While the project we have worked on this past semester was not exactly demoralizing, it was very frustrating. It involved attempting to learn many things I previously did not know. The process of constantly running into more new concepts every step of the way was frustrating, it felt like my progress and momentum hit a speedbump many times throughout. Despite that, progress was made, knowledge was gained, and at the end of the semester my motivations for becoming a programmer remain. I am still on the Long Road.

Sprint 6 Retrospective

This was our final full sprint, the next one being only a couple days, and designed for gathering our thoughts, doing a pseudo post mortem, and presenting what we learned through the project. With it, we have essentially finished the project. This last sprint was mostly dedicated to a final breakthrough on on our service and the use of Promises.

In the beginning of the sprint, it was filled with some level of frustration. Our team lacked extensive or comprehensive knowledge on Promises, and asynchronous coding in general. This led to some blind trial and error attempts at trying to get our service to work correctly. The main issue was that our tests were failing in ways that were confusing. The main way being that the code in our service functions were seemingly being skipped, not happening at all, or just not returning what was expected or wanted.

Due to this, it was hard to tell where we were going wrong. Because of this, we eventually began researching Promises more to discover what the issue was. Eventually in one of our bi weekly, in person meetings it was brought to my attention by Shane Rookey, a team mate, that the issue was not that were doing something wrong in our functions. The main issue was the way were testing them.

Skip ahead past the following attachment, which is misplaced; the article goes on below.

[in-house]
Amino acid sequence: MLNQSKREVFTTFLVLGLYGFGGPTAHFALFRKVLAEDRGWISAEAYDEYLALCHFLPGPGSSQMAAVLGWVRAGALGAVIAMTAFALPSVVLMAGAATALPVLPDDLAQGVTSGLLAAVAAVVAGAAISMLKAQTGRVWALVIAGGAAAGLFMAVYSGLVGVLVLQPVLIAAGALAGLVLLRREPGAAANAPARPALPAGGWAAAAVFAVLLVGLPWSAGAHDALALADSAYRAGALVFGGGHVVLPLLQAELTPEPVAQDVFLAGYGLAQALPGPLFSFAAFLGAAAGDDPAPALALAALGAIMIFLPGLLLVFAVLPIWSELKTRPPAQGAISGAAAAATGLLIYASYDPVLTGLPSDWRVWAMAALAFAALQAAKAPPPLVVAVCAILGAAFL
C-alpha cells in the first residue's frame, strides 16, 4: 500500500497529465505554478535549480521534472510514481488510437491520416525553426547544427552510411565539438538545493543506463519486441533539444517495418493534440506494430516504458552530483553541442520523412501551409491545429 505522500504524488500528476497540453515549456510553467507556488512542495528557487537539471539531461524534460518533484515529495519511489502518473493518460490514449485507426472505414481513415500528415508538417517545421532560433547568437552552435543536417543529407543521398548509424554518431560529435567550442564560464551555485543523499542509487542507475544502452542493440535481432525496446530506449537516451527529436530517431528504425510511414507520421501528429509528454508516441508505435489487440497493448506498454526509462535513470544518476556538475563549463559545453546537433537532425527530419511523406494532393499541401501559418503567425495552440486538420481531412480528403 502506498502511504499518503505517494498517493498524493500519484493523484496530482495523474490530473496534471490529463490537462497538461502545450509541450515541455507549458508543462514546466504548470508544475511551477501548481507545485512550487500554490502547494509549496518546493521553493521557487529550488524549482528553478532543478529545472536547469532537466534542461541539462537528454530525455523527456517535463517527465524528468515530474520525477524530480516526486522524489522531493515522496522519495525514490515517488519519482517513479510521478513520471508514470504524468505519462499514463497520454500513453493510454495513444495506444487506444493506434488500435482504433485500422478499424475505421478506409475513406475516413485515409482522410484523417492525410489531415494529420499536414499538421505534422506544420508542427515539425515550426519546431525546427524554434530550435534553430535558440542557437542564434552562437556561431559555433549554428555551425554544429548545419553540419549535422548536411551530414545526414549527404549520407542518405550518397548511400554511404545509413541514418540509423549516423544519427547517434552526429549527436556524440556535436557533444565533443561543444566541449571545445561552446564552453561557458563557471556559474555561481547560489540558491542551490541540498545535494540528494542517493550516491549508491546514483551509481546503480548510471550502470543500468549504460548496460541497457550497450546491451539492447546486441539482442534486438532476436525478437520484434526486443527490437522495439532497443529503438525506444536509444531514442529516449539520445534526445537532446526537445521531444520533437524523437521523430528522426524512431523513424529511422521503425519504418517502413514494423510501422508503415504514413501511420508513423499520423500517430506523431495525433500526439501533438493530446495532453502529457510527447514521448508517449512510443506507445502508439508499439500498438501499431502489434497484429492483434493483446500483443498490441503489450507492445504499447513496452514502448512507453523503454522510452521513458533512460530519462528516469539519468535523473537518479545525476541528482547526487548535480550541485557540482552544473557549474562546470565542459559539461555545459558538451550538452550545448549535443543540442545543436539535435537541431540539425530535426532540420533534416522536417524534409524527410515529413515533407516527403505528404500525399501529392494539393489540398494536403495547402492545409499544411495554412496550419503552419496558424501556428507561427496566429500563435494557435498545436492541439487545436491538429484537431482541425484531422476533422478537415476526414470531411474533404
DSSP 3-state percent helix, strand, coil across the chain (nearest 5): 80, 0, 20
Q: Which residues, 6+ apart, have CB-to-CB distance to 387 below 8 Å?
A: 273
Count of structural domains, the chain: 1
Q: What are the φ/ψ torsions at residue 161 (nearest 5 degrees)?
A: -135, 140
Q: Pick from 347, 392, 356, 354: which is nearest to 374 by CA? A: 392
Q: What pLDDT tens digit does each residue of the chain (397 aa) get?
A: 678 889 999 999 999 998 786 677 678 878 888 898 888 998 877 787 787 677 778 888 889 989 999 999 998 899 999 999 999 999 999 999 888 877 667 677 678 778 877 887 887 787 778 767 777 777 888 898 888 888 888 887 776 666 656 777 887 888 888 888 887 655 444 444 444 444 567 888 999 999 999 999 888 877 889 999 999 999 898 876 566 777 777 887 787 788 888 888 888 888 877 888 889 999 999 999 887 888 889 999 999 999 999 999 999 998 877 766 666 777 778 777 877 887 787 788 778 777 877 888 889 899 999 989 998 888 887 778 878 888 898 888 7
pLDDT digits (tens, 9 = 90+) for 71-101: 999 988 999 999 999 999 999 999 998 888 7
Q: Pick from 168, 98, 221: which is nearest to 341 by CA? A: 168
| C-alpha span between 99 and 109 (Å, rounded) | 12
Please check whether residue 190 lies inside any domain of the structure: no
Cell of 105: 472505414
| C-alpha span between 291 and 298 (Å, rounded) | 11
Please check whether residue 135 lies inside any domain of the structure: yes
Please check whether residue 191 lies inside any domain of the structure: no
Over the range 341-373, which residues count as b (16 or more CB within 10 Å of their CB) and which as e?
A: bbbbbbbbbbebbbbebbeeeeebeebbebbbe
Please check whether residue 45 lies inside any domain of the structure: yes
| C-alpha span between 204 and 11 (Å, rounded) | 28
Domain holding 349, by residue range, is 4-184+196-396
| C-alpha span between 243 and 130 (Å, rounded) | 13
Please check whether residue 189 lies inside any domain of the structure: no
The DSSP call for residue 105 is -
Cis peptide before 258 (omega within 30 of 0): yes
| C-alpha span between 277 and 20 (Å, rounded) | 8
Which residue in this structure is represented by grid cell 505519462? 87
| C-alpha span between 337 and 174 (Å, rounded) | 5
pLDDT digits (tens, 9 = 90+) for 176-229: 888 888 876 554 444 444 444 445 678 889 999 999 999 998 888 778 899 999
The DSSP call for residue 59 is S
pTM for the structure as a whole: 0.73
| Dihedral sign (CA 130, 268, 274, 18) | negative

With a promise, due to it being asynchronous, it is unknown when it is resolved. That’s why you use the ‘.then’ method of a promise. This method executes a function when the promise resolves, or when it fails. When the promise resolves, then do this, essentially. We would use PouchDB’s methods (.get, .put, etc), handle it in a .then, and then attempt to return the response of those methods. And then in our tests we would use a simple line of code to see if the response was what we expected.

However, because what was being returned from the methods was a promise, doing anything with it without using .then just does not work. We were simply using a line of code that expected the responses from the methods to have a field called ‘ok’ to be true. But that is a regular synchronous line of code. It has to be placed in the .then to work. Anything done with a promise has to be done in a .then. And attempting to return it also does not work, as after something is done in a .then, it returns another promise.

You can not just write the functions in the service asynchronously and then just go on as normal when handling them in tests and other services or code. That was what we did not understand. Once that was understood, writing tests and actually seeing if our functions, well, functioned, was much easier. Another team by this point had managed to get a service running that would take patient data and store it using PouchDB. We both met during the sprint and decided we should focus on getting tests running for the service while they focused on getting a GUI to display stored data up and running.

In the end, I felt more could have been done if we had some more prior knowledge. And also, if there was a bit more of a comprehensive guide on using promises and how to work with them. Some more comprehensive documentation would have smoothed things out. Our team will strive to document all these things for future developers that work on the project, which will hopefully aid in alleviating a lot of frustration.